1950. Rural Alabama. Cotton harvest. It's a make-or-break weekend for the Honeydripper Lounge and its owner, piano player Tyrone "Pine Top" Purvis. Deep in debt to the liquor man, the ... See full summary »
Humberto Fuentes is a wealthy doctor whose wife has recently died. In spite of the advice of his children, he takes a trip to visit his former students who now work in impoverished villages... See full summary »
Dan Rivera González
In an economically devastated Alaskan town, a fisherman with a troublesome past dates a woman whose young daughter does not approve of him. When he witnesses the murder of his shady brother, he, the woman and the kid run to the wilderness.
Mary Elizabeth Mastrantonio,
AMIGO, the 17th feature film from Academy Award-nominated writer-director John Sayles, stars legendary Filipino actor Joel Torre as Rafael, a village mayor caught in the murderous crossfire of the Philippine-American War. When U.S. troops occupy his village, Rafael comes under pressure from a tough-as-nails officer (Chris Cooper) to help the Americans in their hunt for Filipino guerilla fighters. But Rafael's brother (Ronnie Lazaro) is the head of the local guerillas, and considers anyone who cooperates with the Americans to be a traitor. Rafael quickly finds himself forced to make the impossible, potentially deadly decisions faced by ordinary civilians in an occupied country. A powerful drama of friendship, betrayal, romance and heartbreaking violence, AMIGO is a page torn from the untold history of the Philippines, and a mirror of today's unresolvable conflicts. Written by
At that time, the Philippines was part of Spain and the official language was Spanish. In the movie nobody speaks in spanish, it's a historical mistake led by malice or ignorance. See more »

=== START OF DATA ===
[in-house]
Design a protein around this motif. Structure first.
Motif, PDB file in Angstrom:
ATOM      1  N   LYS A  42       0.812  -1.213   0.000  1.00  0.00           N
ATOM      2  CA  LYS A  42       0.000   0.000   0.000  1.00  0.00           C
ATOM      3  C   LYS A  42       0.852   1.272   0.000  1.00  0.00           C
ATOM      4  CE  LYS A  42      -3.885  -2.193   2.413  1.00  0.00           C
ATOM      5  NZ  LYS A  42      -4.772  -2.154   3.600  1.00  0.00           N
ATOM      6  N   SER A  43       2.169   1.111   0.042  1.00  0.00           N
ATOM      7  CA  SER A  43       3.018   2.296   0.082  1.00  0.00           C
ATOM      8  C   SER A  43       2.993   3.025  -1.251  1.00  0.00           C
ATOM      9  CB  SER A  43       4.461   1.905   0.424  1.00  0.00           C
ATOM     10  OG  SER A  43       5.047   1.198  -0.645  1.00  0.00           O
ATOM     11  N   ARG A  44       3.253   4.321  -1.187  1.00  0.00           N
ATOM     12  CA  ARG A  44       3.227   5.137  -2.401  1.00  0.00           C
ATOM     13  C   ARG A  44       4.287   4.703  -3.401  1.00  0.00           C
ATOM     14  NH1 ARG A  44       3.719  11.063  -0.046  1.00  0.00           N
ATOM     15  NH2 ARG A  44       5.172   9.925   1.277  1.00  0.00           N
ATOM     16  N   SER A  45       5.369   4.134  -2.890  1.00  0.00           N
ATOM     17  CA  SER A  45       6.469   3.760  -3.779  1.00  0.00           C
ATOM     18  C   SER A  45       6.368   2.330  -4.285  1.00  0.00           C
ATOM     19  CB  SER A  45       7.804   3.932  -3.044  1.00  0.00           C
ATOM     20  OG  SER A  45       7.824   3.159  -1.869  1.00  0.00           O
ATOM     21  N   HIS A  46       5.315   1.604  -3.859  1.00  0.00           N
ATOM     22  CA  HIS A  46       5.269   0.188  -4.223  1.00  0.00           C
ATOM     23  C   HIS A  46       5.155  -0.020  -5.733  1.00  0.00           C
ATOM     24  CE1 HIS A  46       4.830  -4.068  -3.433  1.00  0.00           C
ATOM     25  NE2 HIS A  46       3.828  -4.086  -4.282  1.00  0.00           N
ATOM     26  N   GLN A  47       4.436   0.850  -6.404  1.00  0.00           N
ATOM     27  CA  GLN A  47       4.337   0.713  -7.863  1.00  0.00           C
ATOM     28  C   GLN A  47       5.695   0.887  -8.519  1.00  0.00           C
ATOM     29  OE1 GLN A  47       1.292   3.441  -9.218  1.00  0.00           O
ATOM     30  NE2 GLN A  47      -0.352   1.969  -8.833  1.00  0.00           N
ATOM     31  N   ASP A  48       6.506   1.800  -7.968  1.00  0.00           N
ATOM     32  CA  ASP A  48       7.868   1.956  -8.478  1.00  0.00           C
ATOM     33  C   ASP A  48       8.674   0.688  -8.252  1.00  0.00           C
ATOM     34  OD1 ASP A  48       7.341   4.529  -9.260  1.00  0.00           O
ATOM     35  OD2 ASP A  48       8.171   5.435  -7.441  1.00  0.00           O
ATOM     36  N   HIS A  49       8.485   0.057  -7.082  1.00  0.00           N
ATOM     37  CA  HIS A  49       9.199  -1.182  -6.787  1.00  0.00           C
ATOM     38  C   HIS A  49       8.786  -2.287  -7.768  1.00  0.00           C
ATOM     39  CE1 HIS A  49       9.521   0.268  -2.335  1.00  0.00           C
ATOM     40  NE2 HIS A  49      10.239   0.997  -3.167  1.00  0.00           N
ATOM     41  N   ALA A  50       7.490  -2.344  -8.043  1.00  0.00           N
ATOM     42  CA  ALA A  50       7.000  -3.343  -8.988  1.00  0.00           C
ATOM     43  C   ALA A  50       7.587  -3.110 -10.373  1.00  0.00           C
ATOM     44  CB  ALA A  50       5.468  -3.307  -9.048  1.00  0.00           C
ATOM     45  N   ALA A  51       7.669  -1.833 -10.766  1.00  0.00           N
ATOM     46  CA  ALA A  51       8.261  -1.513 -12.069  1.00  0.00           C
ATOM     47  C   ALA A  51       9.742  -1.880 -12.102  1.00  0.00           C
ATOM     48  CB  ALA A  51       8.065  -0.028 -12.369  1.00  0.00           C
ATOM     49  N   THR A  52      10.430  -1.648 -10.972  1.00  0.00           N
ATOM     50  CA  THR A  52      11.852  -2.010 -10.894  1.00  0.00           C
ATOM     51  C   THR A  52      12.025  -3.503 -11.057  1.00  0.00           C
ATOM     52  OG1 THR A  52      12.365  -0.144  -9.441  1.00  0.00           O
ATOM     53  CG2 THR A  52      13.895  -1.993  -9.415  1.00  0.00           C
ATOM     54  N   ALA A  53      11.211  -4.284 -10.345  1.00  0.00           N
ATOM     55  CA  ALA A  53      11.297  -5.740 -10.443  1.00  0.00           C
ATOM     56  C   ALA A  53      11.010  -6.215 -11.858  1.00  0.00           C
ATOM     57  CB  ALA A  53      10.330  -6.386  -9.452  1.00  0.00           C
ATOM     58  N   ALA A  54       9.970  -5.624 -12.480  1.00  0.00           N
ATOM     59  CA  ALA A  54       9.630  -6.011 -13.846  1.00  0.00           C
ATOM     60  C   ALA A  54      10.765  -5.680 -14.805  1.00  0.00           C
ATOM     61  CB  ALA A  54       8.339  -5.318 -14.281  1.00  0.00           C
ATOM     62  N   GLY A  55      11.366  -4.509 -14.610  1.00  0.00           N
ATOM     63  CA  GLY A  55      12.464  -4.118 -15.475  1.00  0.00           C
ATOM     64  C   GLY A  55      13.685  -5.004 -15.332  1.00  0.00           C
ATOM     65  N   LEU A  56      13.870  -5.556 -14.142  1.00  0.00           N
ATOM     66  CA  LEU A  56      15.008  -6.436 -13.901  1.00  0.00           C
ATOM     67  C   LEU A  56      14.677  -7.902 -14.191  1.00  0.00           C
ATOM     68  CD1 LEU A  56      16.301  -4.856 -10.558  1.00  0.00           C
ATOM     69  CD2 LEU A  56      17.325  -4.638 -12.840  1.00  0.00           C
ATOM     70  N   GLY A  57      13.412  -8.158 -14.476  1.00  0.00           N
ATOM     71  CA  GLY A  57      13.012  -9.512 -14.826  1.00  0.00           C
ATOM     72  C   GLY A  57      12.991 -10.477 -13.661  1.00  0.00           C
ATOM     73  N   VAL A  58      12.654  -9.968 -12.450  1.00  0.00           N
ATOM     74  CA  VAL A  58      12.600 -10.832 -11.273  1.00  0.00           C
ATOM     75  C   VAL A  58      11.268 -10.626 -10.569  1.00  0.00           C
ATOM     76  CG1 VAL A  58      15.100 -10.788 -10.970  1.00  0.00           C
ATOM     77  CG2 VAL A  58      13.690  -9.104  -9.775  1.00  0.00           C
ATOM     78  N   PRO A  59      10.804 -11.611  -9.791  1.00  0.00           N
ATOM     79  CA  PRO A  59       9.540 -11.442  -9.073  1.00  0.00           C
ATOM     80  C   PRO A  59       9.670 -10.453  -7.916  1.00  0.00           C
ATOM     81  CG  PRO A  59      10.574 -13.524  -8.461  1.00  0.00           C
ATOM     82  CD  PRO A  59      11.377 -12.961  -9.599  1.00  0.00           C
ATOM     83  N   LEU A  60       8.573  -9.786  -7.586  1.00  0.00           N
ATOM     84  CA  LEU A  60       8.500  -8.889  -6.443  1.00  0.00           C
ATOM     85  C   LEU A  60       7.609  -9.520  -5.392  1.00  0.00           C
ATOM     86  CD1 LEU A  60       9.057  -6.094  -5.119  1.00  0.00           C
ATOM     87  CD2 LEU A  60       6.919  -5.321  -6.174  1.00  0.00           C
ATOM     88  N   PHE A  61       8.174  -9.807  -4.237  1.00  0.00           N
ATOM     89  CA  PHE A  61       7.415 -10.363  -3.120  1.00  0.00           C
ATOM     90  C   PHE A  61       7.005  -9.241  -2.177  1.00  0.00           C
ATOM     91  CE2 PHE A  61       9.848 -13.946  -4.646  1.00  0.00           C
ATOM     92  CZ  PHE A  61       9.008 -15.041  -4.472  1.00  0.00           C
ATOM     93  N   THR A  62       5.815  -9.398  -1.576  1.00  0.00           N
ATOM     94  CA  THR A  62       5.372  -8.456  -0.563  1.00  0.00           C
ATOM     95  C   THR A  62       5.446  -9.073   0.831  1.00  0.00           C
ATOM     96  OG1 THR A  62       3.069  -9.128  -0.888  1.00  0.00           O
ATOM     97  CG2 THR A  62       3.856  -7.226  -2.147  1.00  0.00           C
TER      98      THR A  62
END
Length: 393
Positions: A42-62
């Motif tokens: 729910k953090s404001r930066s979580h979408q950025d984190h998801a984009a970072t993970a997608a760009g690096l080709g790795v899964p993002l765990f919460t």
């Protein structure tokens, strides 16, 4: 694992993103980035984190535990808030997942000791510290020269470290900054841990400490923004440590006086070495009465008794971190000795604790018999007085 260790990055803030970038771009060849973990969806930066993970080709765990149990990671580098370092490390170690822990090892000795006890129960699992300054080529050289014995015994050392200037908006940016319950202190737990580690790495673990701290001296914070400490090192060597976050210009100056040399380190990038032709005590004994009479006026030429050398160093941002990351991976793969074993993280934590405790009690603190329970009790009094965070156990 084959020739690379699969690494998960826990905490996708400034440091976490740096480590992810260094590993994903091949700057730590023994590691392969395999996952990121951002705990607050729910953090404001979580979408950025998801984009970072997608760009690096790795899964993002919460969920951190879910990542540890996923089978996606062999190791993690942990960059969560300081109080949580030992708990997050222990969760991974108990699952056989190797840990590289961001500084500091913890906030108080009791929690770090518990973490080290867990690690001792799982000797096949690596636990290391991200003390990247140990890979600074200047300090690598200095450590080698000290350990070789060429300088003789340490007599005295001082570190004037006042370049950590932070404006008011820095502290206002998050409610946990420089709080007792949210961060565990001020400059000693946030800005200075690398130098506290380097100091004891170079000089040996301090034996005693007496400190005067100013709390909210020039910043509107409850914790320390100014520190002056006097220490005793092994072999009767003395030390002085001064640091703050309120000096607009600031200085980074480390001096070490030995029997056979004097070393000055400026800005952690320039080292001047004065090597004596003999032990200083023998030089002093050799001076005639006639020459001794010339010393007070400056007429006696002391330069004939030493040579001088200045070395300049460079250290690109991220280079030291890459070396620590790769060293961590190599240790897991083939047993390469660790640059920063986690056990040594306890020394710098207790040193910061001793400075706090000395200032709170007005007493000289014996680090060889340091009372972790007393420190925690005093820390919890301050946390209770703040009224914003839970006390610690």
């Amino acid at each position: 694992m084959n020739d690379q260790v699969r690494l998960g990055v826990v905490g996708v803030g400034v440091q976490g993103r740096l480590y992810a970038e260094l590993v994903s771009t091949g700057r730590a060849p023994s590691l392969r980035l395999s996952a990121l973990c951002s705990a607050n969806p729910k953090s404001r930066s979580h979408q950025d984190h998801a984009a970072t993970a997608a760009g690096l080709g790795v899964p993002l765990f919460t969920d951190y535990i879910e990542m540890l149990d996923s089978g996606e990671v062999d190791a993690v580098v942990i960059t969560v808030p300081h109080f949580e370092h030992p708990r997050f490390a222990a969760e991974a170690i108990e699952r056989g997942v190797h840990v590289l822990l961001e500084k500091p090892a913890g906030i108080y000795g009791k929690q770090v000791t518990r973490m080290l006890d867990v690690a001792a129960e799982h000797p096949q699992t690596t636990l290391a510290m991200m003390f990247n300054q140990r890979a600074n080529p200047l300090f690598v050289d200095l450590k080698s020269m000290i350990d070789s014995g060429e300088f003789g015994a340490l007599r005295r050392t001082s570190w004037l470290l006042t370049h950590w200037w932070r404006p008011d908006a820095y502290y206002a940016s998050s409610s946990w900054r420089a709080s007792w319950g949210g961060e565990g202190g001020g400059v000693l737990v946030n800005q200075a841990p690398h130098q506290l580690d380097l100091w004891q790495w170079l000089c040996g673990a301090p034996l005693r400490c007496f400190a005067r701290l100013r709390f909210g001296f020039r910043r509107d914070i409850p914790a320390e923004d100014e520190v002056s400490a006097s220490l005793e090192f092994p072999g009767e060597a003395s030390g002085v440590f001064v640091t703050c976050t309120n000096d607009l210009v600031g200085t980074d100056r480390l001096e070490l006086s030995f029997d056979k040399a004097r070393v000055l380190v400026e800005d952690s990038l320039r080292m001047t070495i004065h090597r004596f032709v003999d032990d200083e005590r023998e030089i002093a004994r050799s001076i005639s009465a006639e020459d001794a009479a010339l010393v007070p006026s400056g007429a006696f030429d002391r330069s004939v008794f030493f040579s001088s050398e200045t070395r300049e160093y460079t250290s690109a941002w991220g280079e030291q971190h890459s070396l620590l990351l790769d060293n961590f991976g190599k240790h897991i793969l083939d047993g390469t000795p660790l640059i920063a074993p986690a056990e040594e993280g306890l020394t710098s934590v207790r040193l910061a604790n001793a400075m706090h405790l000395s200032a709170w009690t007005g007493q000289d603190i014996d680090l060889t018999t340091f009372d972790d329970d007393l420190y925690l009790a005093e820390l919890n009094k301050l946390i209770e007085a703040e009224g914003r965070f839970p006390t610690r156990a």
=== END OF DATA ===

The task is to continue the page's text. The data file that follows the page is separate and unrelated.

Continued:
At the beginning of the last century, the United States declared war on Spain. They pledged to free the island of Cuba, ninety miles to their south, from colonial rule. It was thus that the American troops came to yet another Spanish colony, half a world away. They decided to stay.
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John Sayles is the heart and soul of independent liberal filmmaking in the U.S. and he has triumphed once again with this small scale historical drama. Impeccably cast and masterfully written, Sayles only disappoints with his budgetary mandated use of digital cinematography. The sharp bright images of the film make one long for the warm celluloid grain of his frequent camerman Haskell Wexler. The Philippine/American War has hardly been touched by Hollywood except for THE REAL GLORY (1939), a flag waving whitewash of a controversial foreign incursion. Sayles is here to set the record straight and in this ambitious tale of a village invaded by naive American soldiers, he illuminates and entertains with his typically humanistic eye for people of all cultures, and the dark imperialistic inclinations of Western democracies.
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